Interviews

"Off the Course" is where we talk to the players, learn about who they are, and get their thoughts about playing the game. From time to time we'll also interview college players about their junior careers and how college golf is different. We welcome your comments and suggestions. E-mail us or call toll free- 888-549-4653.

Marika Lendl

Doral/Publix December 2004


2006

Westfield PGA - Top Five
AJGA - Betsy Rawls - Champion
AJGA - Ringold - Champion

2005

Kathy Whitworth - Top Ten
GolfWeek Junior - Top Ten

2004

AJGA Polo - Runnerup
David Ledbetter Invitational - Champion
Scott Robertson Memorial - Champion



A relative newcomer to the game, Marika has established herself as a top caliber player in her short experience in junior golf. We sat down with her at the 2004 Doral/Publix.

You have been playing golf how long?

. Three and a half years. I'm 14 now and I started when I was 11. My dad told me I wasn't playing any sports and he said if I played golf every day for three months he would get me a dog.

How did you actually start? On the driving range?

Yeah, my Dad helped me out a little but I had a teacher too.

How long was it before you played in your first tournament?

About one month. It was on the Junior Players tour in Florida. There were ten girls in the field and I thought I played marveously, but apparently not. Dad saw a little opportunity for improvement..

You have how many sisters?

I have four sisters. There are all girls in the family.

What hooked you on golf?

I'm not really sure. I just became addicted to it and my Dad knew it was going to happen. 100% sure.

One on the appealing things about golf is that it is an individual sport and a person who plays is "in charge" of what happens. Is that true with you?

Definitely. I like being in charge of what I can do and how I play. How I am going to finish. How I'm going to do in my next tournament.

When we talk about the four components of the game, driving the ball, iron play, short game and putting, which part are you the most confident?

Driving the ball. I'm least confident about chipping, my short game. I can still get it up and down because I can make those six and seven footers. When I play well, I putt well. I always hit the ball decently. I know I have to get those short shots closer because then it won't be as much pressure.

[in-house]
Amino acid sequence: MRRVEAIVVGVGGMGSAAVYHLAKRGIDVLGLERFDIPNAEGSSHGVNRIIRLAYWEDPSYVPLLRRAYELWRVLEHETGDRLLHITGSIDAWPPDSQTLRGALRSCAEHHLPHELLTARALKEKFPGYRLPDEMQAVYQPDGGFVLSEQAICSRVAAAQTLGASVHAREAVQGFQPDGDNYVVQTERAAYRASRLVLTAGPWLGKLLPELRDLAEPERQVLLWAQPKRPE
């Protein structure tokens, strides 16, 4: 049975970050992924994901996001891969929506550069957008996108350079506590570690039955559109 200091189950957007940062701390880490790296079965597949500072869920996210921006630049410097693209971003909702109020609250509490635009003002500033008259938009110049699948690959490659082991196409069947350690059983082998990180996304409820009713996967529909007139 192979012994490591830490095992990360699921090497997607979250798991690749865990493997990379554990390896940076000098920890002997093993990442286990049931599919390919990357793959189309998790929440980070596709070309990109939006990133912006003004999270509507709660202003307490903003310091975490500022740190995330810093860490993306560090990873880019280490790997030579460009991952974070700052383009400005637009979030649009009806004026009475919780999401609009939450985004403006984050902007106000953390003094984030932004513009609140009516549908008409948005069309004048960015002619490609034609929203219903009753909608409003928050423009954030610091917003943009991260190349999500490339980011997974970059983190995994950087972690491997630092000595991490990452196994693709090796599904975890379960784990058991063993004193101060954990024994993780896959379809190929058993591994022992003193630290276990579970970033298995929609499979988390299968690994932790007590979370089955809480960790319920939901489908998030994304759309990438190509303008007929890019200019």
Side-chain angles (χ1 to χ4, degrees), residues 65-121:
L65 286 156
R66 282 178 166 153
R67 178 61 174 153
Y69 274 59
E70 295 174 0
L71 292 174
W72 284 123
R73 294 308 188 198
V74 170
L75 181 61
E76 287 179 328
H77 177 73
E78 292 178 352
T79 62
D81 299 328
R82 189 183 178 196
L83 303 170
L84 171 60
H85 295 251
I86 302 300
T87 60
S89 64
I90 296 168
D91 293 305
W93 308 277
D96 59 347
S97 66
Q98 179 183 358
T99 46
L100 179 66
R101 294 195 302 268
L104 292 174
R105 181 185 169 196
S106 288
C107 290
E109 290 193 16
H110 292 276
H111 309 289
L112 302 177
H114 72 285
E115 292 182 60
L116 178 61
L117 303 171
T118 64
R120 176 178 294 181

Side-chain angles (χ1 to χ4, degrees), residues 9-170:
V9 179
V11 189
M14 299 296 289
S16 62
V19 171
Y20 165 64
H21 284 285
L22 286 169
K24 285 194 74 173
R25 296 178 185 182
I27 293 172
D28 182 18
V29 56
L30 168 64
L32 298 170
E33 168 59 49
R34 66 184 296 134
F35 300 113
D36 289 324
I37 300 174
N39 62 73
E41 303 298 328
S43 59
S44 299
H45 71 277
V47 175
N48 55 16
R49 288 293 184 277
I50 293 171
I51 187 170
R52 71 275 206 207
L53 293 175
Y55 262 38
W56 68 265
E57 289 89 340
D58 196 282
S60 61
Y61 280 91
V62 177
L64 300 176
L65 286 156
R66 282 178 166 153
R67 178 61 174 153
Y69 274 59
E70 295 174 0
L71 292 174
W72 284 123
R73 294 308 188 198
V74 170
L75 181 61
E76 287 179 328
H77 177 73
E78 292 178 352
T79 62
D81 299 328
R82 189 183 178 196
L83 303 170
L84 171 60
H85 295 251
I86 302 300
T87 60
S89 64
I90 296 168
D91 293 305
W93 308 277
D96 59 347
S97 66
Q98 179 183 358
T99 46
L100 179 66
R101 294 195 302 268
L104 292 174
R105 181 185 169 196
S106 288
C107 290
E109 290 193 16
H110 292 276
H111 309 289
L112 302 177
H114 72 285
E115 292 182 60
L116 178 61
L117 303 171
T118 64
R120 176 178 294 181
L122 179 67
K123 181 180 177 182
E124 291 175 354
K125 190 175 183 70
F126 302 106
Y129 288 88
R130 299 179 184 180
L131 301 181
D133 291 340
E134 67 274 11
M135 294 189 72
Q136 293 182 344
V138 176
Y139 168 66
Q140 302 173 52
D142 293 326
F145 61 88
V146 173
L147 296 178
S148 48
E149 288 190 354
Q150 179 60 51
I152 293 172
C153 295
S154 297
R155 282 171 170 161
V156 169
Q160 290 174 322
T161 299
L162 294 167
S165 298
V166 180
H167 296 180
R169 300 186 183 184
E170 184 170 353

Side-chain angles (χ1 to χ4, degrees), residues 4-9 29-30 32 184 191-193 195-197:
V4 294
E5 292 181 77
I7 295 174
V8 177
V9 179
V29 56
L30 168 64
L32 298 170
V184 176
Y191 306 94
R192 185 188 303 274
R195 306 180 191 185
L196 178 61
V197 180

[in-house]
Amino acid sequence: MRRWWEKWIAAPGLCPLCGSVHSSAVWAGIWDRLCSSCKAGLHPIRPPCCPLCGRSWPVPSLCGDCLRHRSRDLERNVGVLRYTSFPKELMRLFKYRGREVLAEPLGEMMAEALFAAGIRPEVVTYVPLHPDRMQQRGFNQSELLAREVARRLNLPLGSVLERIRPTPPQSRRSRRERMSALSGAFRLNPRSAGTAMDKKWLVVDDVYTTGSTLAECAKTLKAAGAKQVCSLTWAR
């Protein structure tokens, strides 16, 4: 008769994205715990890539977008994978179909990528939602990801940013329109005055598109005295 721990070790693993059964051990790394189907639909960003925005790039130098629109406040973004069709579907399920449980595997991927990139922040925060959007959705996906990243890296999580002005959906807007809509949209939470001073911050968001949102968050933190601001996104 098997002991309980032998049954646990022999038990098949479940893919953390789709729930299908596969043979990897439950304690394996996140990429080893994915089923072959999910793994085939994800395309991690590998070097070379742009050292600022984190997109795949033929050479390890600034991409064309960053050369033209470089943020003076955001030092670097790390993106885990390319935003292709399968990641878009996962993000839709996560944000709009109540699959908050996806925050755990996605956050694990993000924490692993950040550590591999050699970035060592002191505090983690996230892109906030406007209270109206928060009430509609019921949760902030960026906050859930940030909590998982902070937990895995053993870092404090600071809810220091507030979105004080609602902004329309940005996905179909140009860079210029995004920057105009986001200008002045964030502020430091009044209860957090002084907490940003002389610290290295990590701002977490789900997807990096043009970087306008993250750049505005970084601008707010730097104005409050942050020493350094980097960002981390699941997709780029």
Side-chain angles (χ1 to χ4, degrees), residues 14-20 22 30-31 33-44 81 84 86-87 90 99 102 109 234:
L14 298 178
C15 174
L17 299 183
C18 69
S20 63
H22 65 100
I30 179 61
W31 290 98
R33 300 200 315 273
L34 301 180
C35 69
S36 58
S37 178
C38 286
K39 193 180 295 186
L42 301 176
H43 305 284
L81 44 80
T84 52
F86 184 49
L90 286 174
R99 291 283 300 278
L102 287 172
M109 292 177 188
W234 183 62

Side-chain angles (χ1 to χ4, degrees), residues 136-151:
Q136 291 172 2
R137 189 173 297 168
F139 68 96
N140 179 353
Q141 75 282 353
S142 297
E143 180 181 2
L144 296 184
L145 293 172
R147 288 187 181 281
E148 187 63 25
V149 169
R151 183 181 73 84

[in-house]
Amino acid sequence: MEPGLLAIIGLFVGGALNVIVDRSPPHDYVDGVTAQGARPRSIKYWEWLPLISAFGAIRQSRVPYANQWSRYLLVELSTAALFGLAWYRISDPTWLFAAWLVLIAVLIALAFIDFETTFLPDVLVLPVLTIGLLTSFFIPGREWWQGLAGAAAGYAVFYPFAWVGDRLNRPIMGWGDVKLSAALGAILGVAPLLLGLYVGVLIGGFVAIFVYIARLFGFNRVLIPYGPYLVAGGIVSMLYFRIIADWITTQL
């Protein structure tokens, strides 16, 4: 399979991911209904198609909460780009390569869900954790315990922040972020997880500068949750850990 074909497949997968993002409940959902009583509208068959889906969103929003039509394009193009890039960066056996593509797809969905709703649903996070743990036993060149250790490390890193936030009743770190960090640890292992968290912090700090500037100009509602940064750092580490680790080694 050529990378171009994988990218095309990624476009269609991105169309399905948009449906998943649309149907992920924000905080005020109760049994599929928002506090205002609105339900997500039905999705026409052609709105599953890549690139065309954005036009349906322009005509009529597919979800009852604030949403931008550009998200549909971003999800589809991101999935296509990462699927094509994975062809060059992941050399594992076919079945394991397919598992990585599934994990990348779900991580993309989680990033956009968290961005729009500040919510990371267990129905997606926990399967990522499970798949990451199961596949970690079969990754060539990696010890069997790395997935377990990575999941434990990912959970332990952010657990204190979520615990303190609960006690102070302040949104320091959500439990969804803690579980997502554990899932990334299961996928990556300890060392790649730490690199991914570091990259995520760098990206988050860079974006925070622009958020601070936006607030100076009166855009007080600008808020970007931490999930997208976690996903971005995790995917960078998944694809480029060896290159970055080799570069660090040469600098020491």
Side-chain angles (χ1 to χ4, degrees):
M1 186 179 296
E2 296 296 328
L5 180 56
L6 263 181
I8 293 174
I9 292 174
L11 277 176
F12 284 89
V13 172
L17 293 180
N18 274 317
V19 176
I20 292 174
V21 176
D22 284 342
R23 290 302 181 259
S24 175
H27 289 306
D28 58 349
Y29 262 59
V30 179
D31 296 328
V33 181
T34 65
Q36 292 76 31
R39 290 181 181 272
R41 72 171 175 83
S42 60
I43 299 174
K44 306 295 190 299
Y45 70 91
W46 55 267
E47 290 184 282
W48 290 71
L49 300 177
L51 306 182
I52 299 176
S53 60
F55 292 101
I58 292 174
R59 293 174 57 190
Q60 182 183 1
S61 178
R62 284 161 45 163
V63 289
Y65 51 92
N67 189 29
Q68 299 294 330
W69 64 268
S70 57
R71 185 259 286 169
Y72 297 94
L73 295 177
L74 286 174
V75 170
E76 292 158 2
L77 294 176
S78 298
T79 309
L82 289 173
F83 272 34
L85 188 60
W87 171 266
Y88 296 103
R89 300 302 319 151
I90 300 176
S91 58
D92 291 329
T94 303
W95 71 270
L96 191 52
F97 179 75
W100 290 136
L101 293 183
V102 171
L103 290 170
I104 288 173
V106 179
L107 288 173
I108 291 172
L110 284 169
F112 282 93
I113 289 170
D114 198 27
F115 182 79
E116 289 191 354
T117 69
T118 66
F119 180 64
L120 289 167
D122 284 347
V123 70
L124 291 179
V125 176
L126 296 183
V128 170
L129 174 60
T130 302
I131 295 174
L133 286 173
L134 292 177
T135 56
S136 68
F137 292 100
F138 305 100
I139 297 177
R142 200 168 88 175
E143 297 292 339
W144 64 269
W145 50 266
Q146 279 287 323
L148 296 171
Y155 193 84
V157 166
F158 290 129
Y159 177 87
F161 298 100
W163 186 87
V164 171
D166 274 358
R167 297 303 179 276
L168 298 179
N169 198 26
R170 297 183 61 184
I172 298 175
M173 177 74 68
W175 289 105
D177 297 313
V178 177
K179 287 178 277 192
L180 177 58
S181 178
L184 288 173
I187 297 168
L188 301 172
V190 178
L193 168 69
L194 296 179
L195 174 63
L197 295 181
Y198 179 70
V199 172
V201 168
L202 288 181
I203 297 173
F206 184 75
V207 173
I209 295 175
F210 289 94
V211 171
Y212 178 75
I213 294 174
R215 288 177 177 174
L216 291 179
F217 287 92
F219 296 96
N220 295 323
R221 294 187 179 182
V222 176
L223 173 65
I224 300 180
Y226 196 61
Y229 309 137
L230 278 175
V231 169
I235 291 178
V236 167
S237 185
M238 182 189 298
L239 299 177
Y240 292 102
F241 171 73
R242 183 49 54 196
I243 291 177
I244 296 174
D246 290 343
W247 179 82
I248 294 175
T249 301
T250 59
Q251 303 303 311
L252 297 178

What is a typical practice routine for you during a non tournament week?

I get up at 6:30AM, workout from 7AM to 8. School from 9 to 12.It's a typical Ledbetter day, I'm on the range from 12:30 to 1:15. I work out again from 1:30 to 2:30. I then practice from 2:45 approximately until it gets dark.,

What do you like about school?

Everything. At first I did not like the school when I first visited so my Dad sent me to public school in Vero Beach. Once I saw that, I threw a major "hissy fit" and asked him to send me back to Ledbetter. I have loved it ever since. There wasn't really anything wrong with the Vero Beach school, it was just more focused around theater and arts and not sports.

Bob Rotella talks about confidence, composure and concentration in the game of golf. Tell us about yourself in each of those three areas.

I don't like to be over confident. But in golf and in life you have to have some self-confidence or you're not going to get anywhere, but it has to be the right amount. ComposureÖI would never would do anything to lose it. My dad preaches about that and I agree. ConcentrationÖitís probably the most neglected but the most important thing. On the golf course I do pretty well but during practice I donít concentrate that well.

If I asked your best friend to describe you, what would she say?

She would say I am crazy. Weíre opposites. She is pretty reserved but I like running around, talking to people I donít know, being nosy. I was in a supermarket and I started talking to people and my Dad said ďDo you know everyone on this campus?Ē I said ďyesĒ.

What do you like about the competitive part of the game.

Iím not sure. Itís probably about pushing myself to be better than everyone else, testing myself. Thatís not being cocky and I donít want that to sound the wrong way. Itís the challenge. Itís one of those things that without competitiveness I couldnít go on. It gives me something to look forward to. I thought I would like some time off after the summer, but I drove myself crazy. I couldnít stand going to practice everyday for two months without having anything to work for.

Do you have a serious knob that gets turned on when you play.

Oh yeah. Iím a goof ball normally. But when I get on that first tee itís just so different. Iím here to do something.

Do you have goals, a major goal? Yes to be number one in the world. For the next year I want to make Solheim Cup and Canon Cup.

How much does goal setting matter?

It matters a great deal. It matters because it gives you something to work towards, something that drives you overall.

How about physical conditioning. How does that help besides being physically stronger?

Well it helps a great deal. If I can get through eight workouts a weeks then I can play a four hour round and stay focused. It gives you the confidence to know you can do things.

You were the runner up to Morgan Pressel at the Polo. Do you like match play?

I love match play. Itís one on one. I like things that are right there in front of you and you know exactly whatís going on all the time. You know what you have to do to win. Itís so straight forward.

And if you couldnít play golf?

I donít know what Iíd do. When youíre on a golf course, nothing else matters. It takes my worries away. Everything else I was thinking about is gone away.

What do you think the game of golf teaches you?

It teaches you to be honest, kind and a great deal about yourself. I have learned so much about myself through this game.

Marika, thank you for taking the time to talk to us.

Thank you for asking me. I enjoyed it.